Erdogan under fire after admitting $400 million jet was a gift from Qatar

LONDON: The Turkish opposition have ‘questioned the honor’ of President Recep Tayyip Erdogan after  the leader admitted accepting a luxury jumbo jet as a “gift” from Qatar.

Erdogan has come under intense pressure after it emerged he had received the $400 million jet from Doha. The opposition initially claimed the plane had been bought for the presidency with public funds.

On Monday, Erdogan said Turkey had shown interest in buying the Boeing 747-8 plane but Emir Sheikh Tamim bin Hamad Al-Thani insisted on offering the plane as a gift, Reuters reported.

“We were interested. When the Qatar emir was informed of this he gave it as a gift, saying ‘I won’t take money from Turkey. I will give this plane as a gift,’” Erdogan said.

The Turkish president insisted that while the jet would be used for his trips, “the plane is not mine, it is the Turkish Republic’s,” he said while returning from a visit to Azerbaijan.

But Kemal Kilicdaroglu, leader of the main opposition Republican People’s Party (CHP) hit back at Erdogan over the move to accept such a gift.

“How can it not cause you discomfort?” Kilicdaroglu said on Monday.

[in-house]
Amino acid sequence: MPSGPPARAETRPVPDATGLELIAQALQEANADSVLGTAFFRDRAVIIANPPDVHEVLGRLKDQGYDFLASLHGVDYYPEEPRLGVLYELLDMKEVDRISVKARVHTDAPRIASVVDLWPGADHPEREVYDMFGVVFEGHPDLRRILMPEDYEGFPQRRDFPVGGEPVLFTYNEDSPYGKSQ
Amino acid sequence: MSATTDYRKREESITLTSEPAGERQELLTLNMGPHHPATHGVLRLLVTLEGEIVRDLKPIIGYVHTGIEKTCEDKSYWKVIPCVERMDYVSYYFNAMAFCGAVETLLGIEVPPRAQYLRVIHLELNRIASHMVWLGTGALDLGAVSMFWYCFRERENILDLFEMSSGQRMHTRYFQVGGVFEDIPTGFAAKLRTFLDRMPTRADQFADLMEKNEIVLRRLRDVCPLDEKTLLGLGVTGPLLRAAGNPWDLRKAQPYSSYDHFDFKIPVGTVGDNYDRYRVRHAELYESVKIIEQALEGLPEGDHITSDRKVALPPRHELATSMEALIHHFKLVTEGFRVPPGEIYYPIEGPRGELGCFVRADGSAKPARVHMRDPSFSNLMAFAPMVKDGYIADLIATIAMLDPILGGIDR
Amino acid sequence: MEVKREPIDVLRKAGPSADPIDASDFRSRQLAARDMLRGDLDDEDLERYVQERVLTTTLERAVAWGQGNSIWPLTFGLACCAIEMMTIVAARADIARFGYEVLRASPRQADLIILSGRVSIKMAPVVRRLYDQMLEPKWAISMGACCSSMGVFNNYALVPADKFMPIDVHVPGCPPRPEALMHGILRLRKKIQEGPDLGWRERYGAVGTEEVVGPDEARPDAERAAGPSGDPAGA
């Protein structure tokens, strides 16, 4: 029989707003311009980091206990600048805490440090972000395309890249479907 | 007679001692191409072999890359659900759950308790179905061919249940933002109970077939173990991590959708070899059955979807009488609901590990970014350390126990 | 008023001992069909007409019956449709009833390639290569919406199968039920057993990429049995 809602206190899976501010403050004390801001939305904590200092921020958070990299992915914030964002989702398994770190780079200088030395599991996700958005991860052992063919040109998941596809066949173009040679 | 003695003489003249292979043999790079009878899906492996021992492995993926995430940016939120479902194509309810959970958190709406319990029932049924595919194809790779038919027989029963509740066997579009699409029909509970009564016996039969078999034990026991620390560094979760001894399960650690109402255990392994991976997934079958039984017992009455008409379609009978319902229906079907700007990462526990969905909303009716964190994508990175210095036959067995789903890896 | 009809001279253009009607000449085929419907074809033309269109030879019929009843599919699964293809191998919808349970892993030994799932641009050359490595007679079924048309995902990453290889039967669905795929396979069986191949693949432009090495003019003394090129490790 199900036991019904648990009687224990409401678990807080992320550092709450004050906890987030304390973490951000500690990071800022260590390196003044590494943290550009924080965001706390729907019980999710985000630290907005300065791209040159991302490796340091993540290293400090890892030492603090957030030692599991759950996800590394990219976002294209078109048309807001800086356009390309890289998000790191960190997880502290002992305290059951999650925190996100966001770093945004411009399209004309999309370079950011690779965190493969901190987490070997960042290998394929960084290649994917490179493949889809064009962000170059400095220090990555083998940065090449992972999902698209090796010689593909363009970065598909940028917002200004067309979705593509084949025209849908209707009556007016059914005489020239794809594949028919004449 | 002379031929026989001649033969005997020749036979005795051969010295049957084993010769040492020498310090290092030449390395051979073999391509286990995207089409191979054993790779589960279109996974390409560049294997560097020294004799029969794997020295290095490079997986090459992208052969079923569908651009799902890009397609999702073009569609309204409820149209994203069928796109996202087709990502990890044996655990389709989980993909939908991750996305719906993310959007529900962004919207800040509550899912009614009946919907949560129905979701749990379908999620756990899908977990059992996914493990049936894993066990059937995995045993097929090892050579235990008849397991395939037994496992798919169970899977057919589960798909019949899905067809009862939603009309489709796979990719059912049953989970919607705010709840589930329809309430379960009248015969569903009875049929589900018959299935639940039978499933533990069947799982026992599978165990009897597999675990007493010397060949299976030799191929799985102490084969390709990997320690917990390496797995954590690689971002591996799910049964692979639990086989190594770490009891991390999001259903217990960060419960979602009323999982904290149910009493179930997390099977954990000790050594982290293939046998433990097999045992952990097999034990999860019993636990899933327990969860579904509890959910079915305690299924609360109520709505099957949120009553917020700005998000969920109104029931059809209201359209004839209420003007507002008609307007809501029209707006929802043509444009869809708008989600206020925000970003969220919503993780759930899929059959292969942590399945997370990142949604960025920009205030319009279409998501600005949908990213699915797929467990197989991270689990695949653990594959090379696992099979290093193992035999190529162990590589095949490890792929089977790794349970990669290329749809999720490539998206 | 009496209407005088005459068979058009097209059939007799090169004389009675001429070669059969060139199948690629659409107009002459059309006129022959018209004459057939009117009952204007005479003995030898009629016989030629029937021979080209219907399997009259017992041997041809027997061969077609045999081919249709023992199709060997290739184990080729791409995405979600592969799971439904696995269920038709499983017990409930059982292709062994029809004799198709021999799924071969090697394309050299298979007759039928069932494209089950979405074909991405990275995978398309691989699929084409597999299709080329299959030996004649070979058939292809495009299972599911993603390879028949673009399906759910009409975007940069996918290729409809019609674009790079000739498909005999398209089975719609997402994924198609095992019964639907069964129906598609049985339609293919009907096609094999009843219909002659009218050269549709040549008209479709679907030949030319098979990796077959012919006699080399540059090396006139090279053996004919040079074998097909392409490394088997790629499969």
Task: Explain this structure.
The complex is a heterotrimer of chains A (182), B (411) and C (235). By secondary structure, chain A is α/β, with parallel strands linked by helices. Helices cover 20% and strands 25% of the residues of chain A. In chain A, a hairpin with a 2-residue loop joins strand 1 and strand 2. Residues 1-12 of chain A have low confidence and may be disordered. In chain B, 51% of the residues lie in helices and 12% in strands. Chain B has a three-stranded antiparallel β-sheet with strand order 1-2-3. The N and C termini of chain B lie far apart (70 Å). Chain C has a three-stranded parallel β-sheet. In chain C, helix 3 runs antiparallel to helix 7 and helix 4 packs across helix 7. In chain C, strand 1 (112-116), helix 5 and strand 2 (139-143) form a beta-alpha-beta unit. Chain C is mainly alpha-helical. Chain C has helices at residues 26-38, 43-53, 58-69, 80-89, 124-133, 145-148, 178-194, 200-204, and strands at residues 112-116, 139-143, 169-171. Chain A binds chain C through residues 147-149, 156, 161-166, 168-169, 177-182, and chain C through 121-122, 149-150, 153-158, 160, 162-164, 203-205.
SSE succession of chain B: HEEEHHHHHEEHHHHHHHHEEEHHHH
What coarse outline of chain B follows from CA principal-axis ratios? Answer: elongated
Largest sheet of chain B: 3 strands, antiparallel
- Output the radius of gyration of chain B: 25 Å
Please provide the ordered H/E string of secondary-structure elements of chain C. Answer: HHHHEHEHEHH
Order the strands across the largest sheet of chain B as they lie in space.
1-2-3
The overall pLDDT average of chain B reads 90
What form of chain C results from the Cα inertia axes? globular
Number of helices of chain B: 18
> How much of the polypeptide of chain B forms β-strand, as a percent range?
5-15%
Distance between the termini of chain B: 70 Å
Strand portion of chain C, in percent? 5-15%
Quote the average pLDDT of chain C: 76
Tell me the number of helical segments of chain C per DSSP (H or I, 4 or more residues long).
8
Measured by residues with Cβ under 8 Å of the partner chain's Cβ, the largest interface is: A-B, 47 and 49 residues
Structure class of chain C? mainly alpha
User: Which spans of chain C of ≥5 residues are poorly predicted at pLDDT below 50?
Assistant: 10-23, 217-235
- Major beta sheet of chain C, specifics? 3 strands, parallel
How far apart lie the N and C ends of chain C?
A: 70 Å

Erdogan said that once the paintwork was finished he hoped to use the plane for travel.

Reports said the giant plane, which was part of Tamim’s personal fleet, is equipped for only 76 passengers and has lounges and boardrooms.

Erdogan’s remarks came after criticism last week by MPs from the opposition, who claimed Erdogan had bought the plane.

CHP MP Gamze Tascier said on Twitter that a sales official from a company based in Switzerland confirmed the sale of a Boeing 747-8 jet. “The company says it was sold, supporters say it was a gift,” she said on Thursday.

The plane shows the increasingly close relationship between Doha and Ankara, particularly since Saudi Arabia and Arab countries launched a boycott more than a year ago of Qatar over its links to extremist groups. 

Doha looked to Turkey and Iran in response to ship in food, goods and supplies. Qatar and Turkey also sided with Islamist groups during the Arab Spring protests in country’s like Egypt and Libya.

Last month, Doha promised to make a $15 billion direct investment in Turkey after a spat  with Washington, which saw the lira’s value fall drastically against the dollar.

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